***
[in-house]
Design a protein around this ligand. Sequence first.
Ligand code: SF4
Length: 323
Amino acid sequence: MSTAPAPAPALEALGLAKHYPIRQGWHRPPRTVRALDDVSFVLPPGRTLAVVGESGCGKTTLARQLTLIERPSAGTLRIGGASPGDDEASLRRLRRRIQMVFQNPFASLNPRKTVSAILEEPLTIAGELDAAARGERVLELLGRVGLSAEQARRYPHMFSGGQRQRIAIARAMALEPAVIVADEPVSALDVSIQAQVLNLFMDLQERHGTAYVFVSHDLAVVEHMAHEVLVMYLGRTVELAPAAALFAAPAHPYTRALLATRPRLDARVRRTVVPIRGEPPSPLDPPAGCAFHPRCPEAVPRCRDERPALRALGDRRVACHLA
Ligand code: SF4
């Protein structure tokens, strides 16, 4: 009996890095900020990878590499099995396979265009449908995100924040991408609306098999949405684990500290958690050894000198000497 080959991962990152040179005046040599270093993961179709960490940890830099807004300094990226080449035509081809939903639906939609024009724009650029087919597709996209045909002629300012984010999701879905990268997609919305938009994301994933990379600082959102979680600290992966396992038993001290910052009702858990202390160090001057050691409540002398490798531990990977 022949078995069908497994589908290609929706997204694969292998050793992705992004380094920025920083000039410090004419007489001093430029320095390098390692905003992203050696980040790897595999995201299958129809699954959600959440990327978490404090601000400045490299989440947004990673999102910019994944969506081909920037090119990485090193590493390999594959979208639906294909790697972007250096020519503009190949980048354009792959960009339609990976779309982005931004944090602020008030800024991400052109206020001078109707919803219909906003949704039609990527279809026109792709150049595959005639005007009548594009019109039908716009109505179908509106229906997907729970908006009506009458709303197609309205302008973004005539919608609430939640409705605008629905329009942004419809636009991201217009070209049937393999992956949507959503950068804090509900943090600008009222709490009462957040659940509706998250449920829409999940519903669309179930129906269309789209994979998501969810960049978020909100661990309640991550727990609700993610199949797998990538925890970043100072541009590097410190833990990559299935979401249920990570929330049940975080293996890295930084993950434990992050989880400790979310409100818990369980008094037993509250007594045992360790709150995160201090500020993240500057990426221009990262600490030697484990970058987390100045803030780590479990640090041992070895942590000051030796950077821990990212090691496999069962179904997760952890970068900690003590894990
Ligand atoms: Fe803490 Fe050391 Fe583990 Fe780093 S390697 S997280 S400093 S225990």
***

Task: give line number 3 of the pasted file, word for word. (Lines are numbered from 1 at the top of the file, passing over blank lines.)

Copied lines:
Ligand code: SF4